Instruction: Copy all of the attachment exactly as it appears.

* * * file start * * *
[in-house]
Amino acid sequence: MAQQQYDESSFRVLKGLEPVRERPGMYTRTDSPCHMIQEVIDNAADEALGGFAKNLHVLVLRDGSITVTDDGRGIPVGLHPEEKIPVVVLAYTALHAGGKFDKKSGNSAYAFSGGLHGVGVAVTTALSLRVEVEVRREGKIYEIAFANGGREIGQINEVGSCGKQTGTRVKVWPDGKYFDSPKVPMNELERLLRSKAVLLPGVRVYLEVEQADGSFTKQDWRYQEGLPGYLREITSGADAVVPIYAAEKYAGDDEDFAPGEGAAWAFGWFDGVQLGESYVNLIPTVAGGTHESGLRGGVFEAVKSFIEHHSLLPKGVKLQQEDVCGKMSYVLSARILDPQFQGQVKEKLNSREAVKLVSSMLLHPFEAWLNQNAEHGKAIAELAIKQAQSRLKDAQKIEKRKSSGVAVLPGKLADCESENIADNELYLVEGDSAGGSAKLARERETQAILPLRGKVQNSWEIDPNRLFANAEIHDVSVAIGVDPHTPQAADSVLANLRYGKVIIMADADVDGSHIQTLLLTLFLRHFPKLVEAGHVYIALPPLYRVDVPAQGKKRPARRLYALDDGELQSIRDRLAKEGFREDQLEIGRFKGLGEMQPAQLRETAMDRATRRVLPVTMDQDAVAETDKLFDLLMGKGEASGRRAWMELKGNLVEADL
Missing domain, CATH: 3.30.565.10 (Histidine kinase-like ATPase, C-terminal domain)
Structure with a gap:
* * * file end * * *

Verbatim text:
[in-house]
Amino acid sequence: MAQQQYDESSFRVLKGLEPVRERPGMYTRTDSPCHMIQEVIDNAADEALGGFAKNLHVLVLRDGSITVTDDGRGIPVGLHPEEKIPVVVLAYTALHAGGKFDKKSGNSAYAFSGGLHGVGVAVTTALSLRVEVEVRREGKIYEIAFANGGREIGQINEVGSCGKQTGTRVKVWPDGKYFDSPKVPMNELERLLRSKAVLLPGVRVYLEVEQADGSFTKQDWRYQEGLPGYLREITSGADAVVPIYAAEKYAGDDEDFAPGEGAAWAFGWFDGVQLGESYVNLIPTVAGGTHESGLRGGVFEAVKSFIEHHSLLPKGVKLQQEDVCGKMSYVLSARILDPQFQGQVKEKLNSREAVKLVSSMLLHPFEAWLNQNAEHGKAIAELAIKQAQSRLKDAQKIEKRKSSGVAVLPGKLADCESENIADNELYLVEGDSAGGSAKLARERETQAILPLRGKVQNSWEIDPNRLFANAEIHDVSVAIGVDPHTPQAADSVLANLRYGKVIIMADADVDGSHIQTLLLTLFLRHFPKLVEAGHVYIALPPLYRVDVPAQGKKRPARRLYALDDGELQSIRDRLAKEGFREDQLEIGRFKGLGEMQPAQLRETAMDRATRRVLPVTMDQDAVAETDKLFDLLMGKGEASGRRAWMELKGNLVEADL
Missing domain, CATH: 3.30.565.10 (Histidine kinase-like ATPase, C-terminal domain)
Structure with a gap: